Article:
The Stray Sheep or The Power of Understanding Your Outliers
Comodo, who is a leading SSL provider that offers free anti-virus, internet security, firewall endpoint security, and other security tools — a company that specializes in security tools — had a breach. In March 2011 a critical security breach occurred at Comodo, damaging the company reputation and costing them a significant amount to mitigate the exposure. A hacker who used a valid username and password to get into the Comodo certificate issuing systems set up a new user account and issued nine validated requests to apply for certificates. The Certificates were then issued by Comodo to the interloper for leading sites, such as mail.google.com and login.skype.com, exposing not only Comodo, but also its customers and its customers’ users, to a serious risk[i].
The hacker hid behind a legitimate account, so they were authenticated as a legitimate user, and under this umbrella of legitimacy and authentication, did some real damage.
This can happen to any company, where actions taken under the cover of a legitimate account can be as vicious and dangerous as an external threat. A disgruntled employee, a bribed employee, stolen valid usernames and passwords, or even unintentional mistakes performed by a valid user — they can all run havoc in the systems.
How can a company protect itself from illegitimate actions performed by legitimate accounts? By knowing what is a legitimate behavior pattern, thus knowing when there is any deviation or outliers from this pattern, and flagging it.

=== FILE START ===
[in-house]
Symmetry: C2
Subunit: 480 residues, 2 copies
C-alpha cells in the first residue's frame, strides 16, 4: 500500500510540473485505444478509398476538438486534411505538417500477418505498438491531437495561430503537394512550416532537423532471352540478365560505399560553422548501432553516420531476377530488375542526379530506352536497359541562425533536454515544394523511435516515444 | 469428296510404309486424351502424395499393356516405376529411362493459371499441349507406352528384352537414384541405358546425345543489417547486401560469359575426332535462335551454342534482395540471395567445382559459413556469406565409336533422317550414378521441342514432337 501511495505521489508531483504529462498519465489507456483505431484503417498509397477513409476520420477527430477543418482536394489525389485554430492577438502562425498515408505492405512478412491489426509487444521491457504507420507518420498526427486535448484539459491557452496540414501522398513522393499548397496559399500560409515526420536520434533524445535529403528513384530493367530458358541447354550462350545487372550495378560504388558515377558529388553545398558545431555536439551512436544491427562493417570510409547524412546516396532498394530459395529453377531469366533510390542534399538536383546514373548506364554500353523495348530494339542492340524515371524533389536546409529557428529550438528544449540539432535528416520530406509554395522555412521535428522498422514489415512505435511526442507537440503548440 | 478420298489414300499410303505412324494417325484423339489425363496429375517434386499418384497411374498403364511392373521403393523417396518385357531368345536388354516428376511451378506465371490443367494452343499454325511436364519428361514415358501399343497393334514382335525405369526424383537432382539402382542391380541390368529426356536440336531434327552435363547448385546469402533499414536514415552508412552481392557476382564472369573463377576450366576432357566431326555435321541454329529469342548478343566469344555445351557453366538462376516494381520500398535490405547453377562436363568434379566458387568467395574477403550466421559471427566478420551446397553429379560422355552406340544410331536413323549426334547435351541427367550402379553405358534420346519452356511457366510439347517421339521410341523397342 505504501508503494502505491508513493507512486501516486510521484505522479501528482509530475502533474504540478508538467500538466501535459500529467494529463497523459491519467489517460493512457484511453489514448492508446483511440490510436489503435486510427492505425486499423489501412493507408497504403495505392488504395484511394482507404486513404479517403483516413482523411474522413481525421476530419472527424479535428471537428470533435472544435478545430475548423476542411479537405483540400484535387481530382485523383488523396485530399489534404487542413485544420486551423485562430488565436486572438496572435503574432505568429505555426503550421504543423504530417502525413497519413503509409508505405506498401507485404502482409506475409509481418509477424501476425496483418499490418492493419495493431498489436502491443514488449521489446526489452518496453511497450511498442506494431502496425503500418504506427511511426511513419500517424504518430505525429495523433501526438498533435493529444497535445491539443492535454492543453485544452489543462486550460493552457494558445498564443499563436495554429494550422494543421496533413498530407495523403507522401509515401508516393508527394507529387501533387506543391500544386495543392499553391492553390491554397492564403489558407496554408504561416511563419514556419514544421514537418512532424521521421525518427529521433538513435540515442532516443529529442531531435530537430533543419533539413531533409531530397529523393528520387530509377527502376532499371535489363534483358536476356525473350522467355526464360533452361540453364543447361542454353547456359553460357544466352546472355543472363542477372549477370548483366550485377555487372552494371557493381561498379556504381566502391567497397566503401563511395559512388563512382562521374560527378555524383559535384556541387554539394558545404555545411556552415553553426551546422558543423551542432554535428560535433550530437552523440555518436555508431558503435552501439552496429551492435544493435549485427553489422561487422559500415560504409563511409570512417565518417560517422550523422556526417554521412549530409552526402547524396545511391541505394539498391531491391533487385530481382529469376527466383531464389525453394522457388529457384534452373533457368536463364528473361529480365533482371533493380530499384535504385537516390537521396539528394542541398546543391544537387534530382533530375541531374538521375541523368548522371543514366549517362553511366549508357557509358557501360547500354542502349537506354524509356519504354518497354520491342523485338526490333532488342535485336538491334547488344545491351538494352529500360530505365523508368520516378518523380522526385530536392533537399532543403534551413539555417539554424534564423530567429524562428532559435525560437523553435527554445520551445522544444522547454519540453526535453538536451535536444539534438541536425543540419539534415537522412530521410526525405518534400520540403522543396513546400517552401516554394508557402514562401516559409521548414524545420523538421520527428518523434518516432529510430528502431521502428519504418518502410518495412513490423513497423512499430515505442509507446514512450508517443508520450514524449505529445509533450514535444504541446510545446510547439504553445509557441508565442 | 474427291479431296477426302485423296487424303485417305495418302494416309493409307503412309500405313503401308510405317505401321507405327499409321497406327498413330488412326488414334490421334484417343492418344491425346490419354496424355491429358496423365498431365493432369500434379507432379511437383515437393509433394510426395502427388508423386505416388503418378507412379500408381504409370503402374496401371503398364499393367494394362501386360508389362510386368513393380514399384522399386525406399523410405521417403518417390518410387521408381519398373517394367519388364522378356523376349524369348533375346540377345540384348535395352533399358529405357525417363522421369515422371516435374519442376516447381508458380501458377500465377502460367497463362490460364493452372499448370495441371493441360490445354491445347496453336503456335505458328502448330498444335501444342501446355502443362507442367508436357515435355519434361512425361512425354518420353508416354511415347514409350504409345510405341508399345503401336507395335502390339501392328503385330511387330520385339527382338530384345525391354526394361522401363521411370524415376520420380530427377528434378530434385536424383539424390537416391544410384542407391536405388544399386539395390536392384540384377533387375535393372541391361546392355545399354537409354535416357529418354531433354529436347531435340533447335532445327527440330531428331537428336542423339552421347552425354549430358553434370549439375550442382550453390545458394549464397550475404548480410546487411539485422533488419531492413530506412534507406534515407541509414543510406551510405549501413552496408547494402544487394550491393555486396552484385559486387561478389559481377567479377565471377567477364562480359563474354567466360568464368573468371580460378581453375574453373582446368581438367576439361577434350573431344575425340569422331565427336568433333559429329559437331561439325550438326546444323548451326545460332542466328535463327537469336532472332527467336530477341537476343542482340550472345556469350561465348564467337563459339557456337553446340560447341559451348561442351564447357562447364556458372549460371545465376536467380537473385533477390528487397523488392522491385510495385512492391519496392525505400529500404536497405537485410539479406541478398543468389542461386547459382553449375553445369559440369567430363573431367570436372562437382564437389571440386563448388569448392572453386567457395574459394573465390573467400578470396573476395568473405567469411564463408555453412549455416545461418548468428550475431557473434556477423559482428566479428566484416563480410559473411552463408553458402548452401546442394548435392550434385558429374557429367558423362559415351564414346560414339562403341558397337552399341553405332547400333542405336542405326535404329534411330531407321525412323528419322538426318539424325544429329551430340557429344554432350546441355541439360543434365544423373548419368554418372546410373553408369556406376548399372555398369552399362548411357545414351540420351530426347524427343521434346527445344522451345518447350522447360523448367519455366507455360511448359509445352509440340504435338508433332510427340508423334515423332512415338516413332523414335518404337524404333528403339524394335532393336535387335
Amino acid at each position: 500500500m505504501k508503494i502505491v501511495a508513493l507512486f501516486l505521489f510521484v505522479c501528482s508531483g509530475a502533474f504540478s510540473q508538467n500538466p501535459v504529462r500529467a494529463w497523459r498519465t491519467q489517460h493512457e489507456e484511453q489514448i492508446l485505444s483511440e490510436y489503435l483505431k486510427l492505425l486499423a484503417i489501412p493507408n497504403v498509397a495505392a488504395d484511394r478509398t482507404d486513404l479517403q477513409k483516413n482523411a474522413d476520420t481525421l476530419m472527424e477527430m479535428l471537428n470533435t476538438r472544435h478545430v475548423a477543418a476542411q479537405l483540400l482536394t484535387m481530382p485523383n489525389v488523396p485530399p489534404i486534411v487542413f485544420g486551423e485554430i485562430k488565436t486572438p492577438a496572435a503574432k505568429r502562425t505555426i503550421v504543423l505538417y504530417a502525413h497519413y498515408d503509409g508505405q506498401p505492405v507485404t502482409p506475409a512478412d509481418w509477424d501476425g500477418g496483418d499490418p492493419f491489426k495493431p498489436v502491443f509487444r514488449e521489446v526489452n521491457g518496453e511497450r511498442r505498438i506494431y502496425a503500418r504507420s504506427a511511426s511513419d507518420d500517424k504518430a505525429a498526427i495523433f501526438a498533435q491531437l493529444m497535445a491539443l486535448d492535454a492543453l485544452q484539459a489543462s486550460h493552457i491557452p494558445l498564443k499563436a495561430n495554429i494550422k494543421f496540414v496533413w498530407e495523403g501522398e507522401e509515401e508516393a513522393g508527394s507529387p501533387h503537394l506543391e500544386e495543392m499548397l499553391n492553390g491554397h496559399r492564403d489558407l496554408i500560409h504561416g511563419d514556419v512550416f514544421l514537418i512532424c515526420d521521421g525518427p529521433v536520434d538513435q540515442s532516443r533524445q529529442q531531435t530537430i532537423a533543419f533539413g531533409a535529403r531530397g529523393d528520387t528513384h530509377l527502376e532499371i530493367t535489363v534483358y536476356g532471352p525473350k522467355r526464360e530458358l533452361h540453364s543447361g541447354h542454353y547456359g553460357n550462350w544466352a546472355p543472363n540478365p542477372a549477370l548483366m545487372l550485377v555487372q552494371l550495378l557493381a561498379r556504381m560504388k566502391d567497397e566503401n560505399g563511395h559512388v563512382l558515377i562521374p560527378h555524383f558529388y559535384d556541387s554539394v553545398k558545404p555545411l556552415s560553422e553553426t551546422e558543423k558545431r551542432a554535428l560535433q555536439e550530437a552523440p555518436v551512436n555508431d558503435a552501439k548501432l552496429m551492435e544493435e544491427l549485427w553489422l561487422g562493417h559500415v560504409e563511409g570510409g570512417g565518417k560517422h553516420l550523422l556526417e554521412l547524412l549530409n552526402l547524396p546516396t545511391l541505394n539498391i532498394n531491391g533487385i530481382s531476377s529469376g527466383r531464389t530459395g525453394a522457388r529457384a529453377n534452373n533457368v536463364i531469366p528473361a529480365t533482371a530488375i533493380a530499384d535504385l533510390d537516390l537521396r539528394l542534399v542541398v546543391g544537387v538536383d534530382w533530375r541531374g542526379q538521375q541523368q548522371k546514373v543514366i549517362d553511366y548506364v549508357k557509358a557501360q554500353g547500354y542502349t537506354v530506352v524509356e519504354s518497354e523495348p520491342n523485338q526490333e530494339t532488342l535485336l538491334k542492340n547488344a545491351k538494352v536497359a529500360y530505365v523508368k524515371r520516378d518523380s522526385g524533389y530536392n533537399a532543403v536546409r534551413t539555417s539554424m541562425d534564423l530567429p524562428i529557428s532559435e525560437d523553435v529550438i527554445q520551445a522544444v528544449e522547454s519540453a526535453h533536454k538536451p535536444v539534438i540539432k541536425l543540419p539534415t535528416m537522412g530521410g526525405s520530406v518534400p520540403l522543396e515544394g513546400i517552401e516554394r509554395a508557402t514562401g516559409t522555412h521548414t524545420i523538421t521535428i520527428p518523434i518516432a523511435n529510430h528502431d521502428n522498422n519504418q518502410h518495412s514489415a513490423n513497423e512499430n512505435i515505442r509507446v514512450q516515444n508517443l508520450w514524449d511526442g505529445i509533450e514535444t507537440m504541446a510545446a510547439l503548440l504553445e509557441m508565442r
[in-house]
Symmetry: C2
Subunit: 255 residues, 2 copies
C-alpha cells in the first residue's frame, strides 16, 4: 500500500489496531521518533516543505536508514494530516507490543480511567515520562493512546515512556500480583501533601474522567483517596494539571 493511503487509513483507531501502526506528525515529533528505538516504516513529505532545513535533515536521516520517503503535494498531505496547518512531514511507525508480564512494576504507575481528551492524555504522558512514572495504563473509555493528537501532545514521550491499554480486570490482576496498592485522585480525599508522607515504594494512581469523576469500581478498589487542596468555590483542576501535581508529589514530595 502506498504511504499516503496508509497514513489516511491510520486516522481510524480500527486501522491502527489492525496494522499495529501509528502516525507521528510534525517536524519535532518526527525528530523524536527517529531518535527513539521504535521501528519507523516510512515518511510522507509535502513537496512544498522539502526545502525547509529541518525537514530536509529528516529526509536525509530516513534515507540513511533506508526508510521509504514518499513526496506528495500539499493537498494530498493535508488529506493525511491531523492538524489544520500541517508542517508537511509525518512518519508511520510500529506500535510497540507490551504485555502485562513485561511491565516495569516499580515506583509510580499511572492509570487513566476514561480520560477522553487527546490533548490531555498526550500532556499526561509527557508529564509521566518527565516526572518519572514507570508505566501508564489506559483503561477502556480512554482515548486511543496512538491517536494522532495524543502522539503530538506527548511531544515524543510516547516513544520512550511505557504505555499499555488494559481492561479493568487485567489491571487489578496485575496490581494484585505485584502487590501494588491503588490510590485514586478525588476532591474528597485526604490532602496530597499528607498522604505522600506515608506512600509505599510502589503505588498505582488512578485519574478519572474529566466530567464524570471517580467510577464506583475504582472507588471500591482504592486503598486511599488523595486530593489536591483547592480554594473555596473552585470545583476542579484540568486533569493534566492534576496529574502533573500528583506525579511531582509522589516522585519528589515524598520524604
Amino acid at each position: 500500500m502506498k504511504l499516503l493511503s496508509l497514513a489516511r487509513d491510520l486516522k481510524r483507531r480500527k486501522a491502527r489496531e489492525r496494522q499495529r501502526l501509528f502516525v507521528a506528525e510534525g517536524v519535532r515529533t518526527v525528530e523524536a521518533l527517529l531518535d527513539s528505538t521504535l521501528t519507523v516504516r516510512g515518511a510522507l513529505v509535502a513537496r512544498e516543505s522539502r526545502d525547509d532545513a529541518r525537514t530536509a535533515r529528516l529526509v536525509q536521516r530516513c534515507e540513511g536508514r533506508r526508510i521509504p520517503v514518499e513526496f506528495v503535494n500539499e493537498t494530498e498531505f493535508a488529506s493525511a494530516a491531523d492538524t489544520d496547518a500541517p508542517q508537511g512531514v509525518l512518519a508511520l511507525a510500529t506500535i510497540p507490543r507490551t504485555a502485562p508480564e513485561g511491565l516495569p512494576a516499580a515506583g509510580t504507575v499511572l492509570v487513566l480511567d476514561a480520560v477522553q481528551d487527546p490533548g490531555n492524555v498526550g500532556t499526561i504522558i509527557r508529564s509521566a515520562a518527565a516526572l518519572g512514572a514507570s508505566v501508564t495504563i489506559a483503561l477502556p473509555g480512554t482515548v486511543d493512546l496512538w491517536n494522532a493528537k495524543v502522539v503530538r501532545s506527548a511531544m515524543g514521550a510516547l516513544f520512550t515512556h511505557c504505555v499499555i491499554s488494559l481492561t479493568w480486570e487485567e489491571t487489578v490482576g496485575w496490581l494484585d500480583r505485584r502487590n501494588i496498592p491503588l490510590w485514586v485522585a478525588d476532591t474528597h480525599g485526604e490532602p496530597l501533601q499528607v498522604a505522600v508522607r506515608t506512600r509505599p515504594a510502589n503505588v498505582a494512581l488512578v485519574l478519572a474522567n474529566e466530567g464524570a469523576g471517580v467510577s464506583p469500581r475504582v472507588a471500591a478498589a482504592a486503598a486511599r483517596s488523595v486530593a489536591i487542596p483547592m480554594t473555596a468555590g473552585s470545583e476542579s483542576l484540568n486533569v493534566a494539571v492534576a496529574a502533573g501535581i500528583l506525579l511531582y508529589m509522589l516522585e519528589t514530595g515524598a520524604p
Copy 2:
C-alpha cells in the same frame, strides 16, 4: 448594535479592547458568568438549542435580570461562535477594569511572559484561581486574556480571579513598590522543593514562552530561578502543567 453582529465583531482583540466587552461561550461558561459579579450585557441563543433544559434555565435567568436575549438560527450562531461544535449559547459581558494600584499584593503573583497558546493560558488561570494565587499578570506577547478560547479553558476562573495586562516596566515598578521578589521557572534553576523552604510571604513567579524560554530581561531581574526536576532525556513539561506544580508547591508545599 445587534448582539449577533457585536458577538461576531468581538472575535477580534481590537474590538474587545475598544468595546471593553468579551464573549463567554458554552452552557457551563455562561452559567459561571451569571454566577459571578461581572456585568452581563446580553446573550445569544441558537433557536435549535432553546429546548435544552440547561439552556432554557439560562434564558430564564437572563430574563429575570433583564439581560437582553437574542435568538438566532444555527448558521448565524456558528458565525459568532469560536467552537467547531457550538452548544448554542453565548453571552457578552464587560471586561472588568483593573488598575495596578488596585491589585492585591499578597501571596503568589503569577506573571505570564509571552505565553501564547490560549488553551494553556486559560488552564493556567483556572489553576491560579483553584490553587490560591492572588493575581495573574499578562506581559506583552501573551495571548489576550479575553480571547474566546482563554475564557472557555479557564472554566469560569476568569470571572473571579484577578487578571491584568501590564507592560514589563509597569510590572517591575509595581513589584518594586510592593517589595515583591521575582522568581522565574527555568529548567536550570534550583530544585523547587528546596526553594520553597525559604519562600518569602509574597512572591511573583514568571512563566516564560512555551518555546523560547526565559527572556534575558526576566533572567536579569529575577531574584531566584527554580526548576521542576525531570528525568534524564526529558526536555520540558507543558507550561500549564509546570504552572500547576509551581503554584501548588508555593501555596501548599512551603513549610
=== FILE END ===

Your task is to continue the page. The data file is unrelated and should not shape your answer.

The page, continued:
When a legitimate account demonstrates behavior that is outside of its patterned norm, for example logging in from a different geography than the pattern suggests or taking a “different” action than standard such as a download instead of upload, or even when it just happens in an “odd” time of day — for example, usually an employee access the system at 8:30 in the morning, but the action happened at 9pm — any deviation from a patterned behavior, any outlier, is an indication of a risk.
One of my previous blog posts discussed how patterns used in Artificial Intelligence can drive productivity gains, but as the example above illustrates, what is outside the pattern is equally as important, and there are a variety of Machine Learning algorithms that do exactly that.
Our CLAIRE™ engine embedded inside Secure@Source uses statistical and machine learning approaches to detect data outliers and anomalies. The User Behavior Analytics (UBA) capability detects patterns of user behavior that might be risky and expose an organization to data misuse. UBA is capable of detecting impersonation, credential hijacking, and privilege escalation attacks. UBA applies unsupervised machine learning to a multi-dimensional model of user activities, which includes the number of data stores accessed by the user, the number of requests made, and the number of affected records across different systems. Principal component analysis is applied to this model for dimensionality reduction. The BIRCH technique is applied for unsupervised hierarchical clustering to find users whose behavior was different during a given period. To validate the anomalous behavior, distance and density-based outlier detection methods are employed, and the statistical Grubbs’ test for outliers is performed to confirm that objects indicated by the first two methods are indeed outliers in the cluster system.
Learn more about Secure@Source here.